By Grace Alano
The following scenario has come up a few times in online discussions with my fellow immigration lawyers: a couple walks in to meet with the immigration attorney. One spouse is a U.S. citizen and the other is an undocumented immigrant who has come in from or through Mexico without inspection. That is, came in without a visa or border crossing card and did not go through a checkpoint to enter the U.S. The undocumented spouse will be here for a few months or a few years, and then his or her mother or father will get sick. The undocumented spouse will return to Mexico to visit the parent for a few weeks or months, then comes back to the U.S. Sometimes, the undocumented spouse will return to Mexico a few times. The husband and wife would like to know if the undocumented spouse can get a green card through the marriage to the U.S. citizen. Unfortunately, short answer is “No,” or “Maybe after your spouse has been out of the country for at least 10 years.” We as attorneys are often surprised that the immigrant community is still seemingly unaware of the dangers of going back and forth to Mexico when one has no legal status and how it might affect their immigration cases in the future.
There are other issues in this scenario that may possibly be overcome with the proper legal strategy, such as the lack of proof of lawful entry to the U.S. However, what cannot be overcome without the spouse leaving the U.S. for at least 10 years is the ineligibility for an immigrant visa due to what is called the “permanent bar.” Attempting to enter or entering the U.S. without permission after a past deportation or one year’s total stay in the U.S. without lawful immigrant status results in permanent “inadmissibility” as an immigrant. The permanent bar comes from Section 212(a)(9)(C)(i) of the Immigration and Nationality Act, which makes inadmissible “Any alien who (I) has been unlawfully present in the United States for an aggregate period of more than 1 year, or (II) has been ordered removed under section 235(b)(1), section 240, or any other provision of law, and who enters or attempts to reenter the United States without being admitted.” It is technically not “permanent,” but the spouse cannot return to the U.S. for a minimum of 10 years, and must then apply for consent and a waiver from the government, which are not easy to do. The permanent bar applies to those who made these types of entries after April 1997, when a change in the immigration laws went into effect.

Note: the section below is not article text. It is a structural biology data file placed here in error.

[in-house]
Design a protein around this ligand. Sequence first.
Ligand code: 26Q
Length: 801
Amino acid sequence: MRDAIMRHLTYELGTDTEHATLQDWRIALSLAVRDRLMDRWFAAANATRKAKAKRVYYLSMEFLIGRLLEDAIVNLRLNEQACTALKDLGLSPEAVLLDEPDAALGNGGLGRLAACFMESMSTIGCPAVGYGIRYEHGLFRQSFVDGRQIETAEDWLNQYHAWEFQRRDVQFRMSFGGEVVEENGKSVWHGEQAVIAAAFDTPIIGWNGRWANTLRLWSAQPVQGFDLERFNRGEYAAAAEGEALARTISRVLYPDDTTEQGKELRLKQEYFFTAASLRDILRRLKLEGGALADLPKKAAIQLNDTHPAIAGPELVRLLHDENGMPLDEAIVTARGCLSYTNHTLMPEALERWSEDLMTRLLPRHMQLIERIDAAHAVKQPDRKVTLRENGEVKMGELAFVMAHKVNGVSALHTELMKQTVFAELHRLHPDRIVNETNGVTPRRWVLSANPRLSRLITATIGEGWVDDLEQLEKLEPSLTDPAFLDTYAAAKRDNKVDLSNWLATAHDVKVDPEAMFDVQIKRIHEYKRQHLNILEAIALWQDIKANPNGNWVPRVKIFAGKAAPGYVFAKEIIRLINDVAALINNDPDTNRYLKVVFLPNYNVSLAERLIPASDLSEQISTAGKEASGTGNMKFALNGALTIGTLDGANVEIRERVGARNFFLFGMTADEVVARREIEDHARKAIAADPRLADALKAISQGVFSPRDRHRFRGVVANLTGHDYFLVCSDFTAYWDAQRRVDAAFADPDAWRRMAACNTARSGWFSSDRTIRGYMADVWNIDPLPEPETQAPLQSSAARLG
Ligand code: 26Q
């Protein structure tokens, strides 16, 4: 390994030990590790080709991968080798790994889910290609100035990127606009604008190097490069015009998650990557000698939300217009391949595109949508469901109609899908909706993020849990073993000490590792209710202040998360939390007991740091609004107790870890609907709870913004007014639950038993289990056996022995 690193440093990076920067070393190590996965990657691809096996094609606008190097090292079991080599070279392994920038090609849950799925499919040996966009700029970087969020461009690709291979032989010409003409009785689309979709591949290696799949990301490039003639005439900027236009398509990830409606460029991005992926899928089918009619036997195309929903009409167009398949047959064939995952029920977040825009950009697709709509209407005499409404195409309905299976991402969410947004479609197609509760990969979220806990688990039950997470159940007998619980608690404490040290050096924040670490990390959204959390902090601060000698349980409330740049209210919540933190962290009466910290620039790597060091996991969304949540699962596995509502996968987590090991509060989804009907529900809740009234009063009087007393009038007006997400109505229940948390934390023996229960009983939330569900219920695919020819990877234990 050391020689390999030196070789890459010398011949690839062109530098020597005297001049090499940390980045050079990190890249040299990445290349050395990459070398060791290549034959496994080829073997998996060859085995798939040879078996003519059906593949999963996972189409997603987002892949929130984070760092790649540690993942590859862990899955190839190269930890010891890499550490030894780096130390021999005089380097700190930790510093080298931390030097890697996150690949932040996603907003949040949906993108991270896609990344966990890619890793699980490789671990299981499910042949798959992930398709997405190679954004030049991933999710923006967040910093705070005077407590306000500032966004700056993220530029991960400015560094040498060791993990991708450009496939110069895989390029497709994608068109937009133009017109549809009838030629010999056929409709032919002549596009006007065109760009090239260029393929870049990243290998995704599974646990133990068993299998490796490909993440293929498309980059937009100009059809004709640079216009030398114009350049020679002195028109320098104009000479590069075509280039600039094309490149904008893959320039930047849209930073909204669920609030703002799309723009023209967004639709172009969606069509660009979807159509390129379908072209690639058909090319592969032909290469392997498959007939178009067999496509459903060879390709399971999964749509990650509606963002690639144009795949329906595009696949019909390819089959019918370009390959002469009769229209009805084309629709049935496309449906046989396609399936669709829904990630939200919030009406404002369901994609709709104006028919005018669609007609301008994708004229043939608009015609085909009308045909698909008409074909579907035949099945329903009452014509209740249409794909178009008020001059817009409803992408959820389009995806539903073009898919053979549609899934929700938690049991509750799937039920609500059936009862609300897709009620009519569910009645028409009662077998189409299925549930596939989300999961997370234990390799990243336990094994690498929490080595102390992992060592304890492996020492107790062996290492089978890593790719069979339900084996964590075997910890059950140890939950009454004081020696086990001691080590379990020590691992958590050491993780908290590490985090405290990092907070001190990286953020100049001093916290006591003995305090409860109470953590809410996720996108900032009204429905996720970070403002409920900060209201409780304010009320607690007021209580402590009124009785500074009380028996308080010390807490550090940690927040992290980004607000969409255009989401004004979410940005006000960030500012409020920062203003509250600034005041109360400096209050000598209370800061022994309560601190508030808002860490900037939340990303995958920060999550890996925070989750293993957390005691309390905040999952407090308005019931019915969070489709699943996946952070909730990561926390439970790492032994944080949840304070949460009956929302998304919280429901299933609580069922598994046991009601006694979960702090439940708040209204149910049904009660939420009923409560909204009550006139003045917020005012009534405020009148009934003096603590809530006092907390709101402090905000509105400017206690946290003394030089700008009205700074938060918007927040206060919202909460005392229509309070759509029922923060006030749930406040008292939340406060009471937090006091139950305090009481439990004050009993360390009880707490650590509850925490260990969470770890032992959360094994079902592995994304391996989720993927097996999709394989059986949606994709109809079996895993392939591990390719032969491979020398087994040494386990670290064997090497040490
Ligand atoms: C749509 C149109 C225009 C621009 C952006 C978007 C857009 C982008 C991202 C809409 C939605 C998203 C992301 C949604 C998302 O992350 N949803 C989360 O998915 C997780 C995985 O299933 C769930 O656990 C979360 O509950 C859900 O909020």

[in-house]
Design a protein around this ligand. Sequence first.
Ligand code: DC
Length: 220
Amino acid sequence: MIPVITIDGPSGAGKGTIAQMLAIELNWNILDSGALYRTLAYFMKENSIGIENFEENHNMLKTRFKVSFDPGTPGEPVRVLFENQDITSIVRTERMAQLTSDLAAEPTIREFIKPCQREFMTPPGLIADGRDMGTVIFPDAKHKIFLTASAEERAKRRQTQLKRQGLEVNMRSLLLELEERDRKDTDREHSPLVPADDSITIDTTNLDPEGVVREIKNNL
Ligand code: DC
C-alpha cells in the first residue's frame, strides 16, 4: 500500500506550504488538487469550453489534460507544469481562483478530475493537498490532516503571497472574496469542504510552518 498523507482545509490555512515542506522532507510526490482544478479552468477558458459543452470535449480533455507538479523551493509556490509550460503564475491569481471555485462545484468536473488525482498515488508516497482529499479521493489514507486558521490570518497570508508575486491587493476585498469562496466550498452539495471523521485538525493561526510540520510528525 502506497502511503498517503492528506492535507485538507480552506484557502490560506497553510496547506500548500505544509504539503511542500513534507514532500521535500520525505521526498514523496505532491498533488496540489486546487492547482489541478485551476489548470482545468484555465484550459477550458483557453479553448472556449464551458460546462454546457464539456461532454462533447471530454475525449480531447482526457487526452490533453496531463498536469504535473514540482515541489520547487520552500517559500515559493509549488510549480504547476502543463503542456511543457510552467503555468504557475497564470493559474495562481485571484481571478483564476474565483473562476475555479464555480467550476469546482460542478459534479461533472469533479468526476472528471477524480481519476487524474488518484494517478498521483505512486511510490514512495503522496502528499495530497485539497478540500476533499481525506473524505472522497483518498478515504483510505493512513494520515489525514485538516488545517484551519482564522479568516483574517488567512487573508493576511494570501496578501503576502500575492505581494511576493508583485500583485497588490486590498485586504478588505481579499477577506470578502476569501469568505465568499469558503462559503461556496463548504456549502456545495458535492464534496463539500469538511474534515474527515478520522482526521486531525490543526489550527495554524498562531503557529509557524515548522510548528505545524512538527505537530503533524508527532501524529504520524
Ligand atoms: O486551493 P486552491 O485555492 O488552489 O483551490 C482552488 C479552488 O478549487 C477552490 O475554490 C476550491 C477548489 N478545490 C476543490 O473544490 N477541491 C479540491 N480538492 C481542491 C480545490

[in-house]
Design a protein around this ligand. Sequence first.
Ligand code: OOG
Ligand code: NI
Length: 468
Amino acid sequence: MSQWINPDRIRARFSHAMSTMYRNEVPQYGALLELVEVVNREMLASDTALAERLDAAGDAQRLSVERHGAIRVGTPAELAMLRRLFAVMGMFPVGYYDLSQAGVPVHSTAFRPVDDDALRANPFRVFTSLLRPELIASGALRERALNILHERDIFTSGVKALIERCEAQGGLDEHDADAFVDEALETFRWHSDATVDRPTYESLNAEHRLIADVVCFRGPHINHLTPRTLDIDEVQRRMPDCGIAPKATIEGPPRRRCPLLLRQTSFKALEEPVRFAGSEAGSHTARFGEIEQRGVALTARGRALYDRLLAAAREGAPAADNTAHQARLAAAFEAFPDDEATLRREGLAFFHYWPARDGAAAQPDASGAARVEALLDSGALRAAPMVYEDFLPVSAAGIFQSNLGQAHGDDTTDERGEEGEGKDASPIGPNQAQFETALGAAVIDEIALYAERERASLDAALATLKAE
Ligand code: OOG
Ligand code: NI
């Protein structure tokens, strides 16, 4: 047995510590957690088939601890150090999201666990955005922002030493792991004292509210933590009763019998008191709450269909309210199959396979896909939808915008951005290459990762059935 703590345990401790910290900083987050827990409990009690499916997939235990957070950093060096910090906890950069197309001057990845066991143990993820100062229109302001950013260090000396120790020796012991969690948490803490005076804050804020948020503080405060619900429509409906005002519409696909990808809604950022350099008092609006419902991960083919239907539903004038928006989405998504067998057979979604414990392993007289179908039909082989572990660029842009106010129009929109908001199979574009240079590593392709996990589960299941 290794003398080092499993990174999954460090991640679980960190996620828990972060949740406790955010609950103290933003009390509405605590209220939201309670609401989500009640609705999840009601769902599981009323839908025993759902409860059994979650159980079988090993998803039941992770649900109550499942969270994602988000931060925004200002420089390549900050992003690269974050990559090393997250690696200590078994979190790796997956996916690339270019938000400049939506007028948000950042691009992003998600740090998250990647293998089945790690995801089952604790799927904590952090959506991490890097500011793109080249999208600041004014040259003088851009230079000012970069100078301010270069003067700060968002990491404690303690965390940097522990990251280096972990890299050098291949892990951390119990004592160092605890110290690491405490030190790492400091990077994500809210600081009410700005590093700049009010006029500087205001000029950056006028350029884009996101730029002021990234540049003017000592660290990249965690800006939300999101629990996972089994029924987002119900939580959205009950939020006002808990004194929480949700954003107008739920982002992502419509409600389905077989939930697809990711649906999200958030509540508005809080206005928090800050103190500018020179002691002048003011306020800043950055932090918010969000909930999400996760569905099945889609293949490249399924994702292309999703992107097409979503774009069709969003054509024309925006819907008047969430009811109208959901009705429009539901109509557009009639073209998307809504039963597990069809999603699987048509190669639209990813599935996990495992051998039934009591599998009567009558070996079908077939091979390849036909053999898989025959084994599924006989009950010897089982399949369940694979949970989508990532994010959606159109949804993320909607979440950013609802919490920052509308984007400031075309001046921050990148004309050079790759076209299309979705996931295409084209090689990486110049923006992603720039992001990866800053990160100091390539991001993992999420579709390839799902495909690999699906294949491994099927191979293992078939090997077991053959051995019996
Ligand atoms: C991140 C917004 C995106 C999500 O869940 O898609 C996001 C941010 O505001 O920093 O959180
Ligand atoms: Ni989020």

The bottom line and in simple terms – immigration-wise, it is a bad thing to come back and forth to the U.S. unlawfully. It is also a bad thing if you have been deported and come back to the U.S. unlawfully. This is not meant to cast moral judgment on people who come in to the U.S. unlawfully to seek a better life. But be warned that while doing this once may be forgiven by the government, doing this more than once means that you may never be able to become a lawful resident of the U.S.
If this scenario applies to you, you should speak with an immigration attorney (NOT a notario!) to see if there is anything that you can do for your spouse. Otherwise, if you file a petition for your spouse, you could end up putting him or her in removal proceedings in the Immigration Court. Alternatively, if you send him or her out to pick up a visa abroad, the visa will be refused and your spouse will be out of the country for a minimum of 10 years.
Photo by Helga Weber.